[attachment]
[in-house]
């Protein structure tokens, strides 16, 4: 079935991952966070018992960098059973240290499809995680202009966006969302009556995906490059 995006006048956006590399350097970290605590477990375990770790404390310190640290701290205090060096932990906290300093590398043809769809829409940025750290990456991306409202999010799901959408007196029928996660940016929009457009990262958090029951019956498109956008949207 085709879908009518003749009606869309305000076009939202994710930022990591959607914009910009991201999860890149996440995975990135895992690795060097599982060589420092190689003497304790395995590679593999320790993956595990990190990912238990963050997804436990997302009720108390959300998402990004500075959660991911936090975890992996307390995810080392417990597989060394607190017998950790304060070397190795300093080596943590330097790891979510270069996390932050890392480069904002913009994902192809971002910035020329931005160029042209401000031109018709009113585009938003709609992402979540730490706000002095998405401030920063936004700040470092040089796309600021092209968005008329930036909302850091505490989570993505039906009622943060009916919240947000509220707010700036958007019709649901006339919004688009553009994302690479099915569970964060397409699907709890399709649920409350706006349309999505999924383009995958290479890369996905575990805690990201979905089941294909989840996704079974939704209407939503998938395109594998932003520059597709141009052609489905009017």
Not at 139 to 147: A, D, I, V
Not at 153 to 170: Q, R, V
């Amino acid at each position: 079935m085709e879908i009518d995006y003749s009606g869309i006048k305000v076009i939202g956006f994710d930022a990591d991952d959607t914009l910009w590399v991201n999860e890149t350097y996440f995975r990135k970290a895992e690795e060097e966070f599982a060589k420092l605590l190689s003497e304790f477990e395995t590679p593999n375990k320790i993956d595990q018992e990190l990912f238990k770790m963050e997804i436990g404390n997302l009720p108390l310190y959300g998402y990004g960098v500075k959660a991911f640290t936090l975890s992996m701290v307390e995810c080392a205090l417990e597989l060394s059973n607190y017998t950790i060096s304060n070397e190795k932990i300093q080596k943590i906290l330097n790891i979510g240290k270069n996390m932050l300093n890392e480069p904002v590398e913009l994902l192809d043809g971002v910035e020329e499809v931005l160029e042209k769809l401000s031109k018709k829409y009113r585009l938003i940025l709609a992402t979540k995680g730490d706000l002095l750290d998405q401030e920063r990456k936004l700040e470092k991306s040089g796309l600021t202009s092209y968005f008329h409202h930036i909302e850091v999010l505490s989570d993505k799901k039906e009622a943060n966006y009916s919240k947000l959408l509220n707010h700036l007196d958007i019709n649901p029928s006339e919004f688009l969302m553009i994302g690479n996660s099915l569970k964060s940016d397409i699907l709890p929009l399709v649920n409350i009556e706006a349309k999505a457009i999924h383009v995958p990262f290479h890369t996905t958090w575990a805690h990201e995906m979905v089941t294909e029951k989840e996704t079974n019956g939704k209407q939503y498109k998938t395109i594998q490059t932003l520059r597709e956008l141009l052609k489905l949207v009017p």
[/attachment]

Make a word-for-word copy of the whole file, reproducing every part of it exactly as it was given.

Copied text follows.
[in-house]
């Protein structure tokens, strides 16, 4: 079935991952966070018992960098059973240290499809995680202009966006969302009556995906490059 995006006048956006590399350097970290605590477990375990770790404390310190640290701290205090060096932990906290300093590398043809769809829409940025750290990456991306409202999010799901959408007196029928996660940016929009457009990262958090029951019956498109956008949207 085709879908009518003749009606869309305000076009939202994710930022990591959607914009910009991201999860890149996440995975990135895992690795060097599982060589420092190689003497304790395995590679593999320790993956595990990190990912238990963050997804436990997302009720108390959300998402990004500075959660991911936090975890992996307390995810080392417990597989060394607190017998950790304060070397190795300093080596943590330097790891979510270069996390932050890392480069904002913009994902192809971002910035020329931005160029042209401000031109018709009113585009938003709609992402979540730490706000002095998405401030920063936004700040470092040089796309600021092209968005008329930036909302850091505490989570993505039906009622943060009916919240947000509220707010700036958007019709649901006339919004688009553009994302690479099915569970964060397409699907709890399709649920409350706006349309999505999924383009995958290479890369996905575990805690990201979905089941294909989840996704079974939704209407939503998938395109594998932003520059597709141009052609489905009017």
Not at 139 to 147: A, D, I, V
Not at 153 to 170: Q, R, V
């Amino acid at each position: 079935m085709e879908i009518d995006y003749s009606g869309i006048k305000v076009i939202g956006f994710d930022a990591d991952d959607t914009l910009w590399v991201n999860e890149t350097y996440f995975r990135k970290a895992e690795e060097e966070f599982a060589k420092l605590l190689s003497e304790f477990e395995t590679p593999n375990k320790i993956d595990q018992e990190l990912f238990k770790m963050e997804i436990g404390n997302l009720p108390l310190y959300g998402y990004g960098v500075k959660a991911f640290t936090l975890s992996m701290v307390e995810c080392a205090l417990e597989l060394s059973n607190y017998t950790i060096s304060n070397e190795k932990i300093q080596k943590i906290l330097n790891i979510g240290k270069n996390m932050l300093n890392e480069p904002v590398e913009l994902l192809d043809g971002v910035e020329e499809v931005l160029e042209k769809l401000s031109k018709k829409y009113r585009l938003i940025l709609a992402t979540k995680g730490d706000l002095l750290d998405q401030e920063r990456k936004l700040e470092k991306s040089g796309l600021t202009s092209y968005f008329h409202h930036i909302e850091v999010l505490s989570d993505k799901k039906e009622a943060n966006y009916s919240k947000l959408l509220n707010h700036l007196d958007i019709n649901p029928s006339e919004f688009l969302m553009i994302g690479n996660s099915l569970k964060s940016d397409i699907l709890p929009l399709v649920n409350i009556e706006a349309k999505a457009i999924h383009v995958p990262f290479h890369t996905t958090w575990a805690h990201e995906m979905v089941t294909e029951k989840e996704t079974n019956g939704k209407q939503y498109k998938t395109i594998q490059t932003l520059r597709e956008l141009l052609k489905l949207v009017p």